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Muhammad Khan Junejo (1920-1993)
Muhammad Khan Junejo was born at Sindhri in Tharparkar of Sindh province. He belonged to the Junejo clan which is one of the most respected families in Sindh. Muhammad Khan Junejo stepped into politics at the very early age of his life. Before the separation of Pakistan when the country comprised two wings of East and West Pakistan, Junejo was elected as a member of the provincial assembly of West Pakistan. Fortunately, he was propelled to the position of ministership in the cabinet of West Pakistan in July 1963. He held different portfolios in the government which included portfolios of Health, Basic Democracies and Local Government, Works, Communications, and Railways.
Muhammad Khan Junejo propelled to the position of prominence during Zia’s era. In the wake of partyless elections in 1985, he was elected as prime minister of Pakistan. Muhammad khan Junejo was believed to the man of principles as he opposed Zia’s autocratic orders on many issues including the country’s involvement in soviet-occupied Afghanistan and more importantly on Geneva Accords. Zia was, in fact, not in favor of signing the Geneva Accords until the complete withdrawal of the Soviet troops from Afghanistan. However, Junejo signed that agreement despite the disapproval of the dictator.
Junejo’s action was highly provocative for Zia and he started to look for the proper time and opportunity to crush the power of Junejo and his government. He was able to materialize his plans in this regard after blasts and disaster at Ojri camp in Rawalpindi. The camp contained the arms and ammunitions which were supplied by the US to be used against the Soviet forces in Afghanistan. Despite Zia’s disapproval for any inquiry in this connection, Junejo ordered an inquiry into the matter. Camps were, in fact, under the clandestine use of the Army. Zia reacted to this and in the wake, Junejo was dismissed by Zia using his discretionary powers which had been granted to him under the 8th amendment. This was complemented by the orders for the dissolution of all the assemblies and there became a complete takeover of government by the Army dictator.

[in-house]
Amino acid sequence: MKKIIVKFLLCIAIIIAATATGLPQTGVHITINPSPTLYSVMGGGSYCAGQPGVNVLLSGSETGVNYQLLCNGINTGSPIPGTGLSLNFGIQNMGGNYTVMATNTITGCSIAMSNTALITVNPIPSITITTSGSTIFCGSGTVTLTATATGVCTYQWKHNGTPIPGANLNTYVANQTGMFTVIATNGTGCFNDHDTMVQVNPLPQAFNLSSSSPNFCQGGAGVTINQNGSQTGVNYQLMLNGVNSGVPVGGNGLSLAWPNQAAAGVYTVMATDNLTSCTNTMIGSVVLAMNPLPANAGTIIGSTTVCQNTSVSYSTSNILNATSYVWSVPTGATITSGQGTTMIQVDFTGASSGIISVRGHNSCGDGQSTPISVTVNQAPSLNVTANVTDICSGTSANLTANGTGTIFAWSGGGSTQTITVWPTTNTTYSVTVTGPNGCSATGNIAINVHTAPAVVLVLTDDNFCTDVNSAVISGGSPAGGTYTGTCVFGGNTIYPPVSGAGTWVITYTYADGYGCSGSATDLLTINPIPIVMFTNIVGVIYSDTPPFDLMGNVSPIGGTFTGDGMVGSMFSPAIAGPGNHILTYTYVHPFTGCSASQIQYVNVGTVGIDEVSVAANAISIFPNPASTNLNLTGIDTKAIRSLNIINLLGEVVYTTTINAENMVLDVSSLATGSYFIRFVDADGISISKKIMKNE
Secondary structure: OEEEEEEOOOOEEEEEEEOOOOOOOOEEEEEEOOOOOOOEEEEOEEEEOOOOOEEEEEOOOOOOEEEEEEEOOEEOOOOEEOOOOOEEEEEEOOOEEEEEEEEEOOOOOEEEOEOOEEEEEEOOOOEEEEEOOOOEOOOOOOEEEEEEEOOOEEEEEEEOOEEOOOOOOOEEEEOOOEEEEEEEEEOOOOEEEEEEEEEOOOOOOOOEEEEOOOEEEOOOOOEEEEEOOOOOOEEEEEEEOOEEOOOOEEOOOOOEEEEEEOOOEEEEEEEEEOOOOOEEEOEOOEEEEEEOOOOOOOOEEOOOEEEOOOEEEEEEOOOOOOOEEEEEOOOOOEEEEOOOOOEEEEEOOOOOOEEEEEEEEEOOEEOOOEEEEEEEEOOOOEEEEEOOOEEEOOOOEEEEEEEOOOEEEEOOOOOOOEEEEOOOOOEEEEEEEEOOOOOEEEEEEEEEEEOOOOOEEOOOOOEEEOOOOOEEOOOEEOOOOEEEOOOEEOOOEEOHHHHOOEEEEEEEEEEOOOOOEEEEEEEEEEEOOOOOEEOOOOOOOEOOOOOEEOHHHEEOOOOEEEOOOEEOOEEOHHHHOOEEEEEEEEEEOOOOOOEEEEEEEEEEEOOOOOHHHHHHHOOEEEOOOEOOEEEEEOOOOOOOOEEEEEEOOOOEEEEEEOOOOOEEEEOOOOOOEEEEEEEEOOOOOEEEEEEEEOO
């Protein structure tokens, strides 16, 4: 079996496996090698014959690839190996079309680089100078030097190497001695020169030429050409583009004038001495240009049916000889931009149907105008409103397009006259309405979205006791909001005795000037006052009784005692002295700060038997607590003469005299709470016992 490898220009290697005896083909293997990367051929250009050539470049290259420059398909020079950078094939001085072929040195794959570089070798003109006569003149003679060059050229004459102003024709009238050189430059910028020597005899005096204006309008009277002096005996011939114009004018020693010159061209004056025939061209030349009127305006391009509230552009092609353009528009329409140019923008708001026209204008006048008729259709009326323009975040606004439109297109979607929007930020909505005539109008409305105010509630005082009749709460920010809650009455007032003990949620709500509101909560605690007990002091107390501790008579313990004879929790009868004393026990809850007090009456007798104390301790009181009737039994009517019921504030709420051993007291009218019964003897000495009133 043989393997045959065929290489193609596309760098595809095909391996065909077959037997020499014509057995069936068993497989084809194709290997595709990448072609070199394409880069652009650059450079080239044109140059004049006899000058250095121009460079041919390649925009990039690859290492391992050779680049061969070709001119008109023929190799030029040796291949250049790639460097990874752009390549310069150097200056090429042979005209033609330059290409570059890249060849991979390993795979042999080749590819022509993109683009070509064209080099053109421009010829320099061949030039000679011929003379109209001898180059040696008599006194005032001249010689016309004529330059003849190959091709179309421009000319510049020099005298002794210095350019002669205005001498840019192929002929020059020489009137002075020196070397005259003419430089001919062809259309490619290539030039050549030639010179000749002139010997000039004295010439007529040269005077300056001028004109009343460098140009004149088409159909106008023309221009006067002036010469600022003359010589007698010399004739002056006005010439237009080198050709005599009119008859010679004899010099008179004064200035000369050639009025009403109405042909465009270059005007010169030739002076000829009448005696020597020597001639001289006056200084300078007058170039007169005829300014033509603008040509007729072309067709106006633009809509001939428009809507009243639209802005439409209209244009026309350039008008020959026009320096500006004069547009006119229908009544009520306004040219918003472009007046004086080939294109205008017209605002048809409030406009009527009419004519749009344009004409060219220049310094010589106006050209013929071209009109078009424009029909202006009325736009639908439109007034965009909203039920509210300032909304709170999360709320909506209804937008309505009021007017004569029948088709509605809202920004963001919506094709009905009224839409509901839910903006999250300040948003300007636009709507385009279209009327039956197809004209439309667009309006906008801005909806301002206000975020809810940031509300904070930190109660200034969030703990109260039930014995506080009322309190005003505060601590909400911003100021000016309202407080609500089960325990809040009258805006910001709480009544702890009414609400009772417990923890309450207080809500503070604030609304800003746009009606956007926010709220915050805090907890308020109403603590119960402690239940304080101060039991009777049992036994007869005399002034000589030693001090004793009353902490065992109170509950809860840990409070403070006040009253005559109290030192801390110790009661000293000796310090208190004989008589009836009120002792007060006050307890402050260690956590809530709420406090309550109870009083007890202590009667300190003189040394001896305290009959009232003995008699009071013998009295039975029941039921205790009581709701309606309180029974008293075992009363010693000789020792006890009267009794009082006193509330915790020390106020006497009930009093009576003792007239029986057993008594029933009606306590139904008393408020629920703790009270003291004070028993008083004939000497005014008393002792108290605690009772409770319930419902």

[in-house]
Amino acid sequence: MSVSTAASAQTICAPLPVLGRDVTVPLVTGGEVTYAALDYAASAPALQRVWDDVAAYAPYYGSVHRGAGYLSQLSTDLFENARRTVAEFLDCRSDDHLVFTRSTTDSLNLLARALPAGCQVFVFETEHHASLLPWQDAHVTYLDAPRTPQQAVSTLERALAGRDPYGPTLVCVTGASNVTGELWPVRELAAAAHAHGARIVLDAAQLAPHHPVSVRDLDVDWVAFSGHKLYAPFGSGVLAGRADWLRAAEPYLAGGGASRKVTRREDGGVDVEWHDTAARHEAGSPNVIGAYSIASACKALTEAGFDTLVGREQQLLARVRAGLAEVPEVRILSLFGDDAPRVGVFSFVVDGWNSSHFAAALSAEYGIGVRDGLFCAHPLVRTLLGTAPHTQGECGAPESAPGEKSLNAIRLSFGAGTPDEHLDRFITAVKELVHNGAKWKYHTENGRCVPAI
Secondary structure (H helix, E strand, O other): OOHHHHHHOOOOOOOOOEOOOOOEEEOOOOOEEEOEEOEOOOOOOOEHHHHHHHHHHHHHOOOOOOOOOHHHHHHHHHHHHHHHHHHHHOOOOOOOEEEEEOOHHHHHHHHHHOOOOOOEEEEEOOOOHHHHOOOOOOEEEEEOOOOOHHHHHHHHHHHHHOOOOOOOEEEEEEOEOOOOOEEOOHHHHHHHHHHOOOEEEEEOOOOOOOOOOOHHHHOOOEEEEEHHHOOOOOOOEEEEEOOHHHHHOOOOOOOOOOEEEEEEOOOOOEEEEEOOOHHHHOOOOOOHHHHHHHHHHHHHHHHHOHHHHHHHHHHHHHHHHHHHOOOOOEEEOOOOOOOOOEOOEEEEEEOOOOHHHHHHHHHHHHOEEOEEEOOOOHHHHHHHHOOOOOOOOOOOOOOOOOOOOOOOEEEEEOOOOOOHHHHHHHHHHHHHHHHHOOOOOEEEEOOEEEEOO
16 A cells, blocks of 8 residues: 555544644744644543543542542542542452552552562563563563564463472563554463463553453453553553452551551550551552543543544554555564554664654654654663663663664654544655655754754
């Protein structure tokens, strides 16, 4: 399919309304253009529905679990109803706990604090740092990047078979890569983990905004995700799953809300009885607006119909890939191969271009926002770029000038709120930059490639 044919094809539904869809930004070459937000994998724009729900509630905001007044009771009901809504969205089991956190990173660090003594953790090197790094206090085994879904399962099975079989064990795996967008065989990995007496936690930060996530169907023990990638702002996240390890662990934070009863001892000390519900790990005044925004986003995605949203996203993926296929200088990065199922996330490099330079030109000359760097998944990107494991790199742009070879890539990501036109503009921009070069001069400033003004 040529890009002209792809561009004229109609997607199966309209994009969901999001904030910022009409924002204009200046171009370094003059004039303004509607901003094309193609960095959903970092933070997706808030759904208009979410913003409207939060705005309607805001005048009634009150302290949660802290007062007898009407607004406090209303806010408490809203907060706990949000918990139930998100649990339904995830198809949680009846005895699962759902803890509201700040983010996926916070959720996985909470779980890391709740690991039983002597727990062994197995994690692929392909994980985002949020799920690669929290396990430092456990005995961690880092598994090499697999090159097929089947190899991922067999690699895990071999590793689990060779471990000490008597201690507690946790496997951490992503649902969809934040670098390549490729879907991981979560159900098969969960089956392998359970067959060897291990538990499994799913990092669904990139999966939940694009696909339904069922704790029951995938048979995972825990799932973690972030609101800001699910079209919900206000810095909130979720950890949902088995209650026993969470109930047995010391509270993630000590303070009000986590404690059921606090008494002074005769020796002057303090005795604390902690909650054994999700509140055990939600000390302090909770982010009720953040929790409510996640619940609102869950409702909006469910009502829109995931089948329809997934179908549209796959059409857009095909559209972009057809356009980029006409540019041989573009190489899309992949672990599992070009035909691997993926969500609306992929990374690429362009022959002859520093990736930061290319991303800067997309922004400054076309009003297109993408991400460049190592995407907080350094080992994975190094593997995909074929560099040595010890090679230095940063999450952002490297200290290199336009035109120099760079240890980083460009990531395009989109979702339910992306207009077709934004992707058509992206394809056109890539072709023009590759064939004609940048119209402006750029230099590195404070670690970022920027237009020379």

Muhammad Khan Junejo used to drive a Suzuki car as a prime minister. He made it obligatory on his cabinet as well as on the military officials to use locally manufactured Suzuki cars instead of expensive imported cars. This caused a considerable decrease in the budget expenses and won him the favor and admiration of the people. This also was the manifestation of his sincerity regarding the administration of the country.
Though Junejo was able to win the seat of the national assembly in the elections of 1990 he got seriously ill and died in 1993. Junejo was buried in his ancestral village near Sindhri in Sindh.